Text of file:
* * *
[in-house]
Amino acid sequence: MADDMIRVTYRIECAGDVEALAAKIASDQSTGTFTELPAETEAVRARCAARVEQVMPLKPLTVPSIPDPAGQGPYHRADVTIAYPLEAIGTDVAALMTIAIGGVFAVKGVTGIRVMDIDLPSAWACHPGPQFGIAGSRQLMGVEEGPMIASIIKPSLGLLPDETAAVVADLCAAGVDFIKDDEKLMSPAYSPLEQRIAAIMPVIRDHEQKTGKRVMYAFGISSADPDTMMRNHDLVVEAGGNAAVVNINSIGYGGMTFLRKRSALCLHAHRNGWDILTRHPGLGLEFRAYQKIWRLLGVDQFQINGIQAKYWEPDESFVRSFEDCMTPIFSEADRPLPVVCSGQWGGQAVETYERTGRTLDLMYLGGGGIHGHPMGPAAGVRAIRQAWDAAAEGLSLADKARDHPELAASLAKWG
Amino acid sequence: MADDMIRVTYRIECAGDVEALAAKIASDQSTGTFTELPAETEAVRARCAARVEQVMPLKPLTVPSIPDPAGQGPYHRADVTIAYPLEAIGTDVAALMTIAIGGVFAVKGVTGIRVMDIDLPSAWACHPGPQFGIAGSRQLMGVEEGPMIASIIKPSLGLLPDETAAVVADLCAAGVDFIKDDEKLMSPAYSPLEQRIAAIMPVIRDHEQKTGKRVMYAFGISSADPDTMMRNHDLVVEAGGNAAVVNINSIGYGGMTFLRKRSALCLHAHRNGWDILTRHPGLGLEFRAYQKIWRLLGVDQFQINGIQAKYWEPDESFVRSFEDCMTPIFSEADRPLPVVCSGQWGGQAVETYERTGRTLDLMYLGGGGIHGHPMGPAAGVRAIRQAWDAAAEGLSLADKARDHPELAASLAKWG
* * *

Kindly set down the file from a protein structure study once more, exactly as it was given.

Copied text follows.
[in-house]
Amino acid sequence: MADDMIRVTYRIECAGDVEALAAKIASDQSTGTFTELPAETEAVRARCAARVEQVMPLKPLTVPSIPDPAGQGPYHRADVTIAYPLEAIGTDVAALMTIAIGGVFAVKGVTGIRVMDIDLPSAWACHPGPQFGIAGSRQLMGVEEGPMIASIIKPSLGLLPDETAAVVADLCAAGVDFIKDDEKLMSPAYSPLEQRIAAIMPVIRDHEQKTGKRVMYAFGISSADPDTMMRNHDLVVEAGGNAAVVNINSIGYGGMTFLRKRSALCLHAHRNGWDILTRHPGLGLEFRAYQKIWRLLGVDQFQINGIQAKYWEPDESFVRSFEDCMTPIFSEADRPLPVVCSGQWGGQAVETYERTGRTLDLMYLGGGGIHGHPMGPAAGVRAIRQAWDAAAEGLSLADKARDHPELAASLAKWG
Amino acid sequence: MADDMIRVTYRIECAGDVEALAAKIASDQSTGTFTELPAETEAVRARCAARVEQVMPLKPLTVPSIPDPAGQGPYHRADVTIAYPLEAIGTDVAALMTIAIGGVFAVKGVTGIRVMDIDLPSAWACHPGPQFGIAGSRQLMGVEEGPMIASIIKPSLGLLPDETAAVVADLCAAGVDFIKDDEKLMSPAYSPLEQRIAAIMPVIRDHEQKTGKRVMYAFGISSADPDTMMRNHDLVVEAGGNAAVVNINSIGYGGMTFLRKRSALCLHAHRNGWDILTRHPGLGLEFRAYQKIWRLLGVDQFQINGIQAKYWEPDESFVRSFEDCMTPIFSEADRPLPVVCSGQWGGQAVETYERTGRTLDLMYLGGGGIHGHPMGPAAGVRAIRQAWDAAAEGLSLADKARDHPELAASLAKWG